Today my husband (and writing partner) and I took advantage of the beautiful and unusually warm March day and cleaned two years worth of bird droppings and green mold from the railings and edges of our Trek decking. Our deck is a three-level beauty, designed by me. The deck is a joy to sit on and a great place to entertain, but it’s a bear to clean. Last year we noticed the birds’ ‘gifts’ deposited on the railings and the mold creeping across the banisters, and meant to get out and take care of them, but other things got in the way. I got too busy, he worked too hard, it got too hot to work on the deck, and we were just too lazy.
In retrospect, we should have paid more attention to what was happening because a minor job turned into a major one while we whiled the summer away.
We spent about five hours cleaning the railings and about two feet around the lower two decks, scrubbing, rubbing and rinsing today. I even had to do some spots with a toothbrush! We still have to clean the center of the two lower decks, the steps, and the balcony.
After dinner, while discussing the day’s work and blogging tonight, I remarked that cleaning the deck was a lot like revising a book—you have to take the time to get rid of all the crap you let accumulate.
I’m not saying our books, or even your books, are crap. I’m sure we all write well. But it’s so easy to get lazy and let a lot of stuff slip in like passive voice, adjectives, groaning dialogue tags, purple prose, slow pacing, and way too much back story, until, like the railings of my deck covered in bird droppings, you can no longer see the beauty of your original creation. I don’t know about you, but I hate revisions and I’d rather do everything I can to get my books as clean as possible the first go around.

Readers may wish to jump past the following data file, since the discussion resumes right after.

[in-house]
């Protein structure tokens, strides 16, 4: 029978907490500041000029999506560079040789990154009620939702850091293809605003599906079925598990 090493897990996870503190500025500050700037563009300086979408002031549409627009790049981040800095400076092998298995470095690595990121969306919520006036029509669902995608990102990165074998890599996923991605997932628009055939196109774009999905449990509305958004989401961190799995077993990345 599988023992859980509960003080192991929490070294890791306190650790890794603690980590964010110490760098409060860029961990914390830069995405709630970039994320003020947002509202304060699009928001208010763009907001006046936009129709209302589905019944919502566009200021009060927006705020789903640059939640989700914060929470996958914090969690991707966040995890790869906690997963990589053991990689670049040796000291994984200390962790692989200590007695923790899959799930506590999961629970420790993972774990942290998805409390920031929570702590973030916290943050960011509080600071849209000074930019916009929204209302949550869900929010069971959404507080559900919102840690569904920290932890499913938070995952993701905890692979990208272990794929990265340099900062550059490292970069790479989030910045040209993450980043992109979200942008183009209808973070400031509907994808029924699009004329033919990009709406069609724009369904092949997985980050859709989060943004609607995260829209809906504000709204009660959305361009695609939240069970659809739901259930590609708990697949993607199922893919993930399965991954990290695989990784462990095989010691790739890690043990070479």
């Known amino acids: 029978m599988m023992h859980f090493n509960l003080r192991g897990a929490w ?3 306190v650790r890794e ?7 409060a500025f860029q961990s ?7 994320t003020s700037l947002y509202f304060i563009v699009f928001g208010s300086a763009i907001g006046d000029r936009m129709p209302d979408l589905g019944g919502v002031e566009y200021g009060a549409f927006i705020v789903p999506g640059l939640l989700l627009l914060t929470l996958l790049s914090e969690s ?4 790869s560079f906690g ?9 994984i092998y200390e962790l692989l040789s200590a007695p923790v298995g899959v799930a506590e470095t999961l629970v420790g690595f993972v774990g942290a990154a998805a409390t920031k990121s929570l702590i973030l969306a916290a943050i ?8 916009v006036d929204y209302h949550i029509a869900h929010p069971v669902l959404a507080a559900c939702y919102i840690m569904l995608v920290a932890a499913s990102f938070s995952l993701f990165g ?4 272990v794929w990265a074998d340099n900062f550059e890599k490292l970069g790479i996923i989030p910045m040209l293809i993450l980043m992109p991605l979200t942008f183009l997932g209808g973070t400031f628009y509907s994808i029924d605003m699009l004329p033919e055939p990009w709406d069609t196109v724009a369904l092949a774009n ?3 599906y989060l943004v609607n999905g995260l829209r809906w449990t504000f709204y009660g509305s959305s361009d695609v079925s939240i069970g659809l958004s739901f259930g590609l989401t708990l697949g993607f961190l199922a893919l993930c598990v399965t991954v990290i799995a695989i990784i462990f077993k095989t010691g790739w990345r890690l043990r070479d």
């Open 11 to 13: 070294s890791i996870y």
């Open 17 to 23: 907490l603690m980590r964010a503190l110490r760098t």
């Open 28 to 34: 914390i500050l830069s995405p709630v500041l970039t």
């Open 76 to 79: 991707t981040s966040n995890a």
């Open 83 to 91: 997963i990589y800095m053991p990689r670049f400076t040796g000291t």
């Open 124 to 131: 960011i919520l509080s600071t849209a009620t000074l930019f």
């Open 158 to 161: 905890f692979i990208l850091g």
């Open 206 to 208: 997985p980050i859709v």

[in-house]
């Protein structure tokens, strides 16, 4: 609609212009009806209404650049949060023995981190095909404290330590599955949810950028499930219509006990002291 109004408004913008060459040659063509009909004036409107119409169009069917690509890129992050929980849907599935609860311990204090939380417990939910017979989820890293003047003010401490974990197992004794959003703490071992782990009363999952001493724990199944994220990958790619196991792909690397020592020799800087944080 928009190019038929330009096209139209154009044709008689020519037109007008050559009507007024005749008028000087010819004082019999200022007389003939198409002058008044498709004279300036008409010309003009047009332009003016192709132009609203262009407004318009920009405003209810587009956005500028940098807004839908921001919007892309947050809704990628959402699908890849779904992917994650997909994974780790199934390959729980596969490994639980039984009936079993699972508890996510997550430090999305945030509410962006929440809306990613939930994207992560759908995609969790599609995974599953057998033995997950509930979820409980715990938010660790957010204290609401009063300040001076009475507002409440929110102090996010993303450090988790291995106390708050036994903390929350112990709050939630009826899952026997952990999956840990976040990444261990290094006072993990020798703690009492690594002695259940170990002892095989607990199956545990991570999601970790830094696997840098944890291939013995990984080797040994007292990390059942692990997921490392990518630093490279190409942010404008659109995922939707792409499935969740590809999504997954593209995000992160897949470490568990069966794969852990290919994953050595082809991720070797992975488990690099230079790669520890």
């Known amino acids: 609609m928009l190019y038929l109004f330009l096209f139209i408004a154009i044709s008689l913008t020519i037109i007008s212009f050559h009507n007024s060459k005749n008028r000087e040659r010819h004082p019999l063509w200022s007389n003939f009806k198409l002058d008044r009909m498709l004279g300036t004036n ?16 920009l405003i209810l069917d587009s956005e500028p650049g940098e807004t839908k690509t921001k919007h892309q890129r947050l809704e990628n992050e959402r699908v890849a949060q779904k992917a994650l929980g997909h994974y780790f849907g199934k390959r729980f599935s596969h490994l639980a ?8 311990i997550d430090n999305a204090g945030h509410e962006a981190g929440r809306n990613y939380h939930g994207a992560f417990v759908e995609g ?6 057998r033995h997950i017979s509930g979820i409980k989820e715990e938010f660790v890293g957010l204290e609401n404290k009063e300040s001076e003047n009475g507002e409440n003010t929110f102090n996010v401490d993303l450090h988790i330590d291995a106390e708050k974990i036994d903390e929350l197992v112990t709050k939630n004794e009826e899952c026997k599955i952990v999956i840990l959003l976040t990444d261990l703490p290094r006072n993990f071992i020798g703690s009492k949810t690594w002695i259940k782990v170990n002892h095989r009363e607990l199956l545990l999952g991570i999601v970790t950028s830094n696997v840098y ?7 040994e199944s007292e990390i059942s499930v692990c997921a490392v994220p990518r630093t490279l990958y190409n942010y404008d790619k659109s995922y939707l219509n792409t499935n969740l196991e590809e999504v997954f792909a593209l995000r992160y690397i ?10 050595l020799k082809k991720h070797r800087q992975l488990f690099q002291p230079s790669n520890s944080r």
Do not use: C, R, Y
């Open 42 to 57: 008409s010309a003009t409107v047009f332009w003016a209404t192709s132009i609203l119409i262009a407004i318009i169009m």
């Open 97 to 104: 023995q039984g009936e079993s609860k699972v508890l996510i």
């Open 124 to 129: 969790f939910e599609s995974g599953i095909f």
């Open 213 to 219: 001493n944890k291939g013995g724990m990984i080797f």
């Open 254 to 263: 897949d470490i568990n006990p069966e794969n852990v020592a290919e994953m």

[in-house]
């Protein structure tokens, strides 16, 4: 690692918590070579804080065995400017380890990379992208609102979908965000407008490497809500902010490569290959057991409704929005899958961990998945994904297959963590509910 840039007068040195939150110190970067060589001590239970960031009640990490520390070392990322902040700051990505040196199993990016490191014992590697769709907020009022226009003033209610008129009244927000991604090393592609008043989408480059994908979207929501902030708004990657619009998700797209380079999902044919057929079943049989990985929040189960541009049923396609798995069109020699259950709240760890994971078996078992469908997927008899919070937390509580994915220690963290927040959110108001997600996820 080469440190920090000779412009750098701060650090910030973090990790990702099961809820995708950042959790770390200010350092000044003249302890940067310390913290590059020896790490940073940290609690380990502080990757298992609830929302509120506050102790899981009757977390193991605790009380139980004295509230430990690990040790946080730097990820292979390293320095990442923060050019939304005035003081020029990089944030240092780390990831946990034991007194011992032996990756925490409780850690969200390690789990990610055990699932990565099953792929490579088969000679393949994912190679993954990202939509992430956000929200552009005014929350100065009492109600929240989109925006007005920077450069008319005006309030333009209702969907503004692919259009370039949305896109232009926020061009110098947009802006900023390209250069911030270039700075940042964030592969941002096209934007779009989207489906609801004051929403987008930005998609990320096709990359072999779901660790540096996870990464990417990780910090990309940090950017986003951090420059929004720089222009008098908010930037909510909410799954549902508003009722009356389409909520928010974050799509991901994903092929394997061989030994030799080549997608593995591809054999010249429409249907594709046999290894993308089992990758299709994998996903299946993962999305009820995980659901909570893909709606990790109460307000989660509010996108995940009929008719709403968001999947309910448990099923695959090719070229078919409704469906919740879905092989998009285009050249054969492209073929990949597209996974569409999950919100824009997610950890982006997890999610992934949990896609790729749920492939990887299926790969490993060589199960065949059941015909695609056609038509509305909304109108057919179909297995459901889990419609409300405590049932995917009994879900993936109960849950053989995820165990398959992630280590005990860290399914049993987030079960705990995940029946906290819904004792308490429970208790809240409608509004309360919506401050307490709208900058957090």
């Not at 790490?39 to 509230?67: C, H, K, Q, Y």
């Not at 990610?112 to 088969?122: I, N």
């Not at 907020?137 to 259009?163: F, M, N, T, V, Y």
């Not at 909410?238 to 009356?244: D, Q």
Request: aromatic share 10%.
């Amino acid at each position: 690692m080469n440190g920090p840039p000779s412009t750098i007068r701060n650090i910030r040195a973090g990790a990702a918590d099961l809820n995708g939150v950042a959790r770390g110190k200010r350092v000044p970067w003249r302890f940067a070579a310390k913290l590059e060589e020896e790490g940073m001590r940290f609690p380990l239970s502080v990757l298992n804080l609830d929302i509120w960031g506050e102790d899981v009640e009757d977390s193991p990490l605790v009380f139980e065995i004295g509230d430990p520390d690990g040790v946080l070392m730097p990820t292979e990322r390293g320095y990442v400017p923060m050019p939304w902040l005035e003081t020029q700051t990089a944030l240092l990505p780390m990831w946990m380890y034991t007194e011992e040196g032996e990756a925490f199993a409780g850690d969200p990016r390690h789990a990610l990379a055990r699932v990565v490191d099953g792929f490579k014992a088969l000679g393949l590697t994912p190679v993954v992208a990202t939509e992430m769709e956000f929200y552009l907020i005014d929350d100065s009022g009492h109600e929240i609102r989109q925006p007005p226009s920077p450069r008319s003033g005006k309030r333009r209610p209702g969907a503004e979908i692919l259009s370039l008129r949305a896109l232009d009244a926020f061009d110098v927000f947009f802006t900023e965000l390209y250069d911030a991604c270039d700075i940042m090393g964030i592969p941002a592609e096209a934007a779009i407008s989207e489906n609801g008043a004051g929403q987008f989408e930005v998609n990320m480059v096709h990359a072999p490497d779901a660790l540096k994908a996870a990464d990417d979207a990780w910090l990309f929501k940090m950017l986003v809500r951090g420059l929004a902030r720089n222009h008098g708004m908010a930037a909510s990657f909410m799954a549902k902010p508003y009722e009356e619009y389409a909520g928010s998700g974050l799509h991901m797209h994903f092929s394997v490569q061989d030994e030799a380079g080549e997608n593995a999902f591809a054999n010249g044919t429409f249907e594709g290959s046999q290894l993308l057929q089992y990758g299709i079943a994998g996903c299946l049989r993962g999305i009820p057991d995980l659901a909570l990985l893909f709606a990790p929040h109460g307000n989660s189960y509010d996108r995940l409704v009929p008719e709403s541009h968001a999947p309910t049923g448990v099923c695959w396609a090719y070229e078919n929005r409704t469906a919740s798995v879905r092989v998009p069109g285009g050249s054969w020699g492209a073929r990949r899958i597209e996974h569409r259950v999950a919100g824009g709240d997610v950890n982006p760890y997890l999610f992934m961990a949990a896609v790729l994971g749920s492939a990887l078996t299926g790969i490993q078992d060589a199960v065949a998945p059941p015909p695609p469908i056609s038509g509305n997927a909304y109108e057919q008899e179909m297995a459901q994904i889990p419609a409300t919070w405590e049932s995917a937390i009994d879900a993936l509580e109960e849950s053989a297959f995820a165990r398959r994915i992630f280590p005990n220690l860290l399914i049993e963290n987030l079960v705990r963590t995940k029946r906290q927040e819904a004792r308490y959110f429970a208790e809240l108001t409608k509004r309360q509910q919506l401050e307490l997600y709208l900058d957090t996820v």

So, here are a six tips I use to get the bird droppings out of my writing.
- Reread the previous days’ work. This not only gives me a fresh look at my writing but also helps get me back in the groove. If I’ve been away from my WIP more that few days I might even go back to the previous chapter. By revisiting each chapter I get a head start on the small revision stuff.
- Write with grammar check turned on. You can set grammar check to highlight a lot of things, but the most important use I have found is to highlight passive writing. Having attuned myself to those squiggle grammar check lines, the passive verbs are very clear to me. A glance tells me where I need improvement in this area. Not every passive sentence can be revised into an active one, but many can and doing so will make your writing stronger.
- Do a search for “LY” on each chapter as you complete it. It’s amazing how many of those sneaky adjectives creep in.
- Look for long paragraphs. Too little white space on a page can often be a warning sign of heavy narrative, back story, or too much description.
- Check every page for tension. Donald Maas says we should have tension on every page. It doesn’t have to be bang ‘em up, slam ‘em up tension, but there needs to be something that keeps the story humming along.
- Do a check of dialogue. Are there too many “he saids” or “she saids.” Or are there too many lines with no dialogue or action tags? Have you gritted or laughed the dialogue? Teeth are gritted not words, and how in the world do you laugh words? I know I can’t.
These six items may seem like little steps toward revision, but sweating the small stuff now can make your major revisions easier. And who doesn’t want that?
What do you do as you write to help your revisions go faster?